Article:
Family life here is sparky and colourful, as everyone speaks their minds as they talk about everybody else. And at the village cafe the men gather to perform idiotic stunts before mercilessly taunting Gianni. While the film's running time is very long, this allows Fiorello to add textures to the families, such as a general obsession with football. And the social situation surrounding two sensitive teens emerges with real emotional power. This is a quietly churning depiction of endemic hatred and fear.
Segreto and Pizzurro are charming as Gianni and Nino, two cheeky guys who aren't afraid of hard work and simply want to enjoy their lives. They put their youthful physicality fully into these busy roles, and their first kiss is a moment of amusing tenderness. By contrast, Malato and Sacchi play their mothers as women who have hopes for their sons while understanding the peril they will face. The whole ensemble creates earthy, vivid characters that pull us deeply into the story.
There are gorgeous moments of longing peppered throughout this film, as both Gianni and Nino hope against hope for a world where they can be themselves. While this may be a period piece, the attitudes it depicts are very much present-day in most of the world. So when the tone shifts, the film's final half hour becomes harrowing to watch, as it seems like everyone loses their minds. This makes the film a rallying cry against hiding yourself away from the world.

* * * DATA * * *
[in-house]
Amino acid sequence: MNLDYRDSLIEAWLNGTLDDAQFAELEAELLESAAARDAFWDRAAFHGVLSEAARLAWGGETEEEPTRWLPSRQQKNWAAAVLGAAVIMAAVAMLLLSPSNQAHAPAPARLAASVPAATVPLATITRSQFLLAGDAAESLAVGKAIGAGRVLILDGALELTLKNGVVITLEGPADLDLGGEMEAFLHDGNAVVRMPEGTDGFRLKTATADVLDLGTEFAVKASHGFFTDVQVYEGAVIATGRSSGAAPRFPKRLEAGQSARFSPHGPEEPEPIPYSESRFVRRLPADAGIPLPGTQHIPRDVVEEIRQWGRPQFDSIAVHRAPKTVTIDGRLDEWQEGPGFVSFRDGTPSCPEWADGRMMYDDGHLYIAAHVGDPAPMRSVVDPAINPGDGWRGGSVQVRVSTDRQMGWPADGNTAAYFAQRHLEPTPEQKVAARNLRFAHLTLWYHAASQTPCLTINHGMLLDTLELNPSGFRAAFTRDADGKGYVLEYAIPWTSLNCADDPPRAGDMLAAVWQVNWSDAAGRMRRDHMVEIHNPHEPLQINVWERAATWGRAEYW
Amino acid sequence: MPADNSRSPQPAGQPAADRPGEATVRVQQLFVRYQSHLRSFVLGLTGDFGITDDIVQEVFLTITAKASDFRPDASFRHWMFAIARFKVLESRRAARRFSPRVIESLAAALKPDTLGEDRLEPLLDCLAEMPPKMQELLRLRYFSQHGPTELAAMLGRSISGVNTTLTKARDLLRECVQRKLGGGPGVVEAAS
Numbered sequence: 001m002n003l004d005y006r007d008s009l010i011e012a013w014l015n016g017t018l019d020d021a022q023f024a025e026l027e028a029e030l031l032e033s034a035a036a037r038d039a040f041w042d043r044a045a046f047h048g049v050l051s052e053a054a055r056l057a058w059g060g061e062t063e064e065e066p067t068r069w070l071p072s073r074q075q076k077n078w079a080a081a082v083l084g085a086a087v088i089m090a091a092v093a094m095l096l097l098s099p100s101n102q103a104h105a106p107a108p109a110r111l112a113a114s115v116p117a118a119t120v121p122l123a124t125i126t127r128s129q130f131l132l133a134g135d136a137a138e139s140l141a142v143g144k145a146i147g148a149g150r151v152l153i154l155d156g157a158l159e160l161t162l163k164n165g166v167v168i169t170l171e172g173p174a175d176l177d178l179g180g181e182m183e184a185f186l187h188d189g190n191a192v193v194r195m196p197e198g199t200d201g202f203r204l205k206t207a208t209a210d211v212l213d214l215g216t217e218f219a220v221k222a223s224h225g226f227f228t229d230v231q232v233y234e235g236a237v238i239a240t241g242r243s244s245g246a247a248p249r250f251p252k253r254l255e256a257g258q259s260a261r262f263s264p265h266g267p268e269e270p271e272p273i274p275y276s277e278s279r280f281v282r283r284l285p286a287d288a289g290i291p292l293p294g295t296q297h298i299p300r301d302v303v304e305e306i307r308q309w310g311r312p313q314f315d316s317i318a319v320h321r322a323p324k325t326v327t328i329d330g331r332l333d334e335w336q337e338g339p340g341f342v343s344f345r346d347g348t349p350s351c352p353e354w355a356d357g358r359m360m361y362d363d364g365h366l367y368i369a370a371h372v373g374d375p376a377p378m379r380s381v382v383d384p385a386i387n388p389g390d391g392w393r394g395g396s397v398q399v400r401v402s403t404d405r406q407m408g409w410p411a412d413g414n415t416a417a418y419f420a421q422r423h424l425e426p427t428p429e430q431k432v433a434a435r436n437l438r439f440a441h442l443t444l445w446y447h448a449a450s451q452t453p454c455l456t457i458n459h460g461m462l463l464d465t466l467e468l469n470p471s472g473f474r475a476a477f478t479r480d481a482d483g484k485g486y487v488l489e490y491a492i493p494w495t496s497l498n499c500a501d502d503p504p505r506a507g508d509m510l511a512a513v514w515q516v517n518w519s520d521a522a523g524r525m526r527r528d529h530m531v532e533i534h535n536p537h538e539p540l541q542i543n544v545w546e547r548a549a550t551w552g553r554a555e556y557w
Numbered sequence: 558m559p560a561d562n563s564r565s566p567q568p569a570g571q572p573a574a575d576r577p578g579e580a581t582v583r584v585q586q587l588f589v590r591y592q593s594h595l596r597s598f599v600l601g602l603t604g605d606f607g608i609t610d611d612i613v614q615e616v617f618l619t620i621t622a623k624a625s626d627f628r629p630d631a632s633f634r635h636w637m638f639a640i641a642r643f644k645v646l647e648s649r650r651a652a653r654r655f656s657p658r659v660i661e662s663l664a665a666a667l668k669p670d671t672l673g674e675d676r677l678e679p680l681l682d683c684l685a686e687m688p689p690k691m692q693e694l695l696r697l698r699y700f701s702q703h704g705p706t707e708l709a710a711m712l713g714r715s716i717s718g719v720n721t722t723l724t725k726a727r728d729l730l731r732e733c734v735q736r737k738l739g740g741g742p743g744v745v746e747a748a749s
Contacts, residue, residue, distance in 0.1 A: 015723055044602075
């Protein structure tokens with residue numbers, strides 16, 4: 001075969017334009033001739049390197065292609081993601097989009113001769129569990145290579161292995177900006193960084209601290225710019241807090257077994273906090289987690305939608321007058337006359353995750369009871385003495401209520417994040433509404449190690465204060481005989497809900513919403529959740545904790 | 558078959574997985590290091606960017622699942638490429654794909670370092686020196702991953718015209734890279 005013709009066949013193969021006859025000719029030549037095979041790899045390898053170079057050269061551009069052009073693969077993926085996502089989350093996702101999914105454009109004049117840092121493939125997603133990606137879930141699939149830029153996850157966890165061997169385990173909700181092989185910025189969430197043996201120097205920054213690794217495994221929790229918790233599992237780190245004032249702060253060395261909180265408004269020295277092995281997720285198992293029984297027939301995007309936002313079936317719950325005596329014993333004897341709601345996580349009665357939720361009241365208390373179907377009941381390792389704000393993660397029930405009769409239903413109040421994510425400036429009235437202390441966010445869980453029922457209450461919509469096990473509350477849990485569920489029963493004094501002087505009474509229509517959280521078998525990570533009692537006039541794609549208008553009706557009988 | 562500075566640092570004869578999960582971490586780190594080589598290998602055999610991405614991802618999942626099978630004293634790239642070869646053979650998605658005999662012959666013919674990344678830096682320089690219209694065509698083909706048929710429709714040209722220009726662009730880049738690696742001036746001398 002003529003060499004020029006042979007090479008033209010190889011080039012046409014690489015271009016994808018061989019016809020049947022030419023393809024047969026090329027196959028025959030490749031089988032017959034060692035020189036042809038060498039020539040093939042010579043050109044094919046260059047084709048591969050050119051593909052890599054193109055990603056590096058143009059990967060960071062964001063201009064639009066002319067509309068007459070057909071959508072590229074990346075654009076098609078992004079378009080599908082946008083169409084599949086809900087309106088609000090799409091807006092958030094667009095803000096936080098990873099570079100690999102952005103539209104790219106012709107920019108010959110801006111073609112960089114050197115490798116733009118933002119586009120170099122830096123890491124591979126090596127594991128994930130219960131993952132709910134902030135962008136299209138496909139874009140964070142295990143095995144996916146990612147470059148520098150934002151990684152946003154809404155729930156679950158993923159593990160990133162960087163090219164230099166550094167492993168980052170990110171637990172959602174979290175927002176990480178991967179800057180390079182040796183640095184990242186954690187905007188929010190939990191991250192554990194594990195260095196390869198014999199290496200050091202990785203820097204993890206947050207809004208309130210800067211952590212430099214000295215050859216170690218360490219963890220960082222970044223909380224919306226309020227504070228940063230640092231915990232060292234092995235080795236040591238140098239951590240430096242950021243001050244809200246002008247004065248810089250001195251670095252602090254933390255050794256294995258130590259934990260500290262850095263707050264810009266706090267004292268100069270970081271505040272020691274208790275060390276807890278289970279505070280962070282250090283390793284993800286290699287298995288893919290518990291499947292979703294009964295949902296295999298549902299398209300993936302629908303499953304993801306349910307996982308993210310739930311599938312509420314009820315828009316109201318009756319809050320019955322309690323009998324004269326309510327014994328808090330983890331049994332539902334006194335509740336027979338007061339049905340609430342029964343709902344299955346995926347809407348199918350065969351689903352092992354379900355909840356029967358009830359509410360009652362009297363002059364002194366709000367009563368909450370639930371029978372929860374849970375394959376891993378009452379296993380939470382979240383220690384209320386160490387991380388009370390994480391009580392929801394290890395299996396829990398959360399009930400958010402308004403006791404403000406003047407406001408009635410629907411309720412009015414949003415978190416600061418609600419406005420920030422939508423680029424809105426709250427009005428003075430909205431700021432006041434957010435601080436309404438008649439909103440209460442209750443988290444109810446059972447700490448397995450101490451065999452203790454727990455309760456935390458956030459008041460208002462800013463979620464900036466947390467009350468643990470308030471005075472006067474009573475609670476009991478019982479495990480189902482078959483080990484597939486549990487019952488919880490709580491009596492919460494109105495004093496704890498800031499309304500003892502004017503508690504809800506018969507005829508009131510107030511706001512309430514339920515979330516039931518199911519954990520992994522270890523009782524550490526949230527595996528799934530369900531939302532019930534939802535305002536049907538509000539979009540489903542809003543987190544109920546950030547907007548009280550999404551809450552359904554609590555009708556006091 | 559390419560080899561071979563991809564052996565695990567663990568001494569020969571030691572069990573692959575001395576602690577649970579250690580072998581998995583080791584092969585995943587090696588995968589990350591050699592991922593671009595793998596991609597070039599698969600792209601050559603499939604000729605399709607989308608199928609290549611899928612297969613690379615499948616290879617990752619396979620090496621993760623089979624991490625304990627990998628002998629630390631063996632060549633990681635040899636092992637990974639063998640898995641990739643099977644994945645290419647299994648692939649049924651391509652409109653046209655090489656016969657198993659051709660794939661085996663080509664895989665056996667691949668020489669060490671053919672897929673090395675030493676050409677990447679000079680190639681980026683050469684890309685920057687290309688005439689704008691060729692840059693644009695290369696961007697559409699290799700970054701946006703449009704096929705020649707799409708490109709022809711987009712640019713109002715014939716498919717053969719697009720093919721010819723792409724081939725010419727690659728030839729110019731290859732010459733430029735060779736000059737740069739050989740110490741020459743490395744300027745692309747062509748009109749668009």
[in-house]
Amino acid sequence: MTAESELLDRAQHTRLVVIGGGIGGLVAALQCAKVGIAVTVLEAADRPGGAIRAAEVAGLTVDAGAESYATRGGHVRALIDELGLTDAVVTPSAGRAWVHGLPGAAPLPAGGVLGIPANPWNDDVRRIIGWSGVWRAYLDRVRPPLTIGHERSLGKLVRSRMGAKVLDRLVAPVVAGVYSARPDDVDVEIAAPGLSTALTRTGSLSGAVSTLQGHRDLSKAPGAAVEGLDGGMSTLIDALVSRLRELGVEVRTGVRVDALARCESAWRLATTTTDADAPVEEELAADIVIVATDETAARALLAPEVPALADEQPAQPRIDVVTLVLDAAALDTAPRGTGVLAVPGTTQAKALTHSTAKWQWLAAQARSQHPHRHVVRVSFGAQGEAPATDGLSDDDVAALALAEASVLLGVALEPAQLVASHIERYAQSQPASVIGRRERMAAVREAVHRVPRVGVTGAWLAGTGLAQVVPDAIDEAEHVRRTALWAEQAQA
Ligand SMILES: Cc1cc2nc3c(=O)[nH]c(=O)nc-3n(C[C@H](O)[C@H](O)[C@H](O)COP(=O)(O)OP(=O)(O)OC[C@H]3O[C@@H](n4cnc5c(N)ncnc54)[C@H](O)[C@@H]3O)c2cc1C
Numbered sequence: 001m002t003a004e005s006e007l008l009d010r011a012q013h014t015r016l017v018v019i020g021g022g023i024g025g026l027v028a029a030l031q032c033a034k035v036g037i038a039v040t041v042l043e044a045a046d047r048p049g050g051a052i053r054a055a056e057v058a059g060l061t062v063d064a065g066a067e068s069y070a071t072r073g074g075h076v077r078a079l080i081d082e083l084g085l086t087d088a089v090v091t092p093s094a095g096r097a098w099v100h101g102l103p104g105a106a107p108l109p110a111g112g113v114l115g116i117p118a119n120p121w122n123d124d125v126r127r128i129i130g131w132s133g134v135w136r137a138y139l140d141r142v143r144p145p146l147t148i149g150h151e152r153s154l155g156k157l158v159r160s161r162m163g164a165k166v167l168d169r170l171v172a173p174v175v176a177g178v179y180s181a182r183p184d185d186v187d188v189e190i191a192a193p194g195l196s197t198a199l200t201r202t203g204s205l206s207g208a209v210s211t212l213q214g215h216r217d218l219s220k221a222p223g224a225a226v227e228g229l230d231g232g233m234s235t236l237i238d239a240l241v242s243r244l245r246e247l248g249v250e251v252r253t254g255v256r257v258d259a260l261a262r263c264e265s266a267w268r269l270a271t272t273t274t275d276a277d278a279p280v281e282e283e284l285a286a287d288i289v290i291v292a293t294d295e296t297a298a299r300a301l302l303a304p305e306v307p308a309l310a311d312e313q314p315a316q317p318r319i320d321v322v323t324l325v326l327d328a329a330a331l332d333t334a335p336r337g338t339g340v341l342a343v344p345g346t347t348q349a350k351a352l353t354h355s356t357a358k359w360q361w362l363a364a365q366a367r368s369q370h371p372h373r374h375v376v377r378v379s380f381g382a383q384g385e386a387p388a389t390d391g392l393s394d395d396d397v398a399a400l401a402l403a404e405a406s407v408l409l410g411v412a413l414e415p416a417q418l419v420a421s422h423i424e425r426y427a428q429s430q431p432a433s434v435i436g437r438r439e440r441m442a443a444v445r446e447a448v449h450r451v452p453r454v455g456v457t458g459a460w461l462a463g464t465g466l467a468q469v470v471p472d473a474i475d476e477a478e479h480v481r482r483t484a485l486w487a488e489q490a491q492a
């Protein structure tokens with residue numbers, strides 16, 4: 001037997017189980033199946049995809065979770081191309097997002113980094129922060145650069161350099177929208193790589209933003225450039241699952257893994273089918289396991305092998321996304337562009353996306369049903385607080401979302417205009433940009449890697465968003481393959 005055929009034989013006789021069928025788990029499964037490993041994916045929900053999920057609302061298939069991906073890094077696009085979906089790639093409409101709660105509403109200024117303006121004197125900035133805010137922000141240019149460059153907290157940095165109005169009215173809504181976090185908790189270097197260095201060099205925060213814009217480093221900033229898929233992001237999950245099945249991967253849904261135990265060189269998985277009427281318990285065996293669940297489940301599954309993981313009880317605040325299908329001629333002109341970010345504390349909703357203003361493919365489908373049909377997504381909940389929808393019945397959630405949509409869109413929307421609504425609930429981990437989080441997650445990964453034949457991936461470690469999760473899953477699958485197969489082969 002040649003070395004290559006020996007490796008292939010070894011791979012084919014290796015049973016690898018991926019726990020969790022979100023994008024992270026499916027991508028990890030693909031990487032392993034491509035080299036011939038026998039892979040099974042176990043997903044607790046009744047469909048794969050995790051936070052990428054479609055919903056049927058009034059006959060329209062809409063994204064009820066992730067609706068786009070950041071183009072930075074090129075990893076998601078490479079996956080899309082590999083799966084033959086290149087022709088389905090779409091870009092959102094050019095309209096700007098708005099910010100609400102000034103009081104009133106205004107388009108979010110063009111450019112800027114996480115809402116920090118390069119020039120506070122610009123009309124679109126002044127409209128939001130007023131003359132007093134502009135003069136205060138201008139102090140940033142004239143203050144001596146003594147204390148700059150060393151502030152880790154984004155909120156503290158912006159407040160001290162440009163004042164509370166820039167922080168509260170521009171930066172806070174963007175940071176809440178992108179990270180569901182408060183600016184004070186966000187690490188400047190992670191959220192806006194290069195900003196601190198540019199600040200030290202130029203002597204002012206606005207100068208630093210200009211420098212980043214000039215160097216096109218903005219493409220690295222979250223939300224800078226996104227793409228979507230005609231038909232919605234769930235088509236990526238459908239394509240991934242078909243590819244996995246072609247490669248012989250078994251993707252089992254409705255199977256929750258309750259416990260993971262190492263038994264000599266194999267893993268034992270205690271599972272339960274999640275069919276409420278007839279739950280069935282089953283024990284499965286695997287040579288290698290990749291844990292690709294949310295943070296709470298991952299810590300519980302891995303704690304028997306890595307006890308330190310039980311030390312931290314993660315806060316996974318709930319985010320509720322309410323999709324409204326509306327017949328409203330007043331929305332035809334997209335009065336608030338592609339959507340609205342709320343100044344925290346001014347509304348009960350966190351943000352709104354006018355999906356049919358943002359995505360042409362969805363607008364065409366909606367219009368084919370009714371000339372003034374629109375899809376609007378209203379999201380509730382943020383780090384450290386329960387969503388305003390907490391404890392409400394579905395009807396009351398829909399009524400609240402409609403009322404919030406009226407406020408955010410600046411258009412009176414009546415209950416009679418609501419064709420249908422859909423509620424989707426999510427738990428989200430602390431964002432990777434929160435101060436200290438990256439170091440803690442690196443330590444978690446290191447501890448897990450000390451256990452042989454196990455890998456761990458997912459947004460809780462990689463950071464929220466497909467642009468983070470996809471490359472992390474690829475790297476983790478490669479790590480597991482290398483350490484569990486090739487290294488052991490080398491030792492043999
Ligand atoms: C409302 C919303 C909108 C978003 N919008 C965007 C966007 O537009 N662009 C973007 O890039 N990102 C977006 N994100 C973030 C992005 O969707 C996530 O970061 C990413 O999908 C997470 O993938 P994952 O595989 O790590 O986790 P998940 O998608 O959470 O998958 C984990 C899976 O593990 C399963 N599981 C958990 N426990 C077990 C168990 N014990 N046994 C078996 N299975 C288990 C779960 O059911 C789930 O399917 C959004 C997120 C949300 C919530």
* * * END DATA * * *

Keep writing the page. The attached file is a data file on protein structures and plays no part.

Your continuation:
Review by Rich Cline |
dir Manuel Abramovich
scr Manuel Abramovich, Fernando Krapp, Pio Longo
prd Gema Juarez Allen, Rachel Daisy Ellis, David Hurst
with Lalo Santos, Diablo, Brandon Ley, Chacalito Regio, Delmar Ponce, El Brayan, Lothar Muller, Mauricio Alivias, Adrian Zuki, Juan Ro, Octavio, Turko, Netito
release US Jul.23 olff,
Is it streaming?
Quietly observant with an underlying hint of yearning, this offbeat drama is set in the Mexican porn industry. Because the cast includes real pornstars, the film feels bracingly honest, never remotely sensational as it follows a young guy who's just trying to make a living and have some fun in the process. With striking camerawork, filmmaker Manuel Abramovich creates an involving portrait that's unflinchingly made for an adult audience.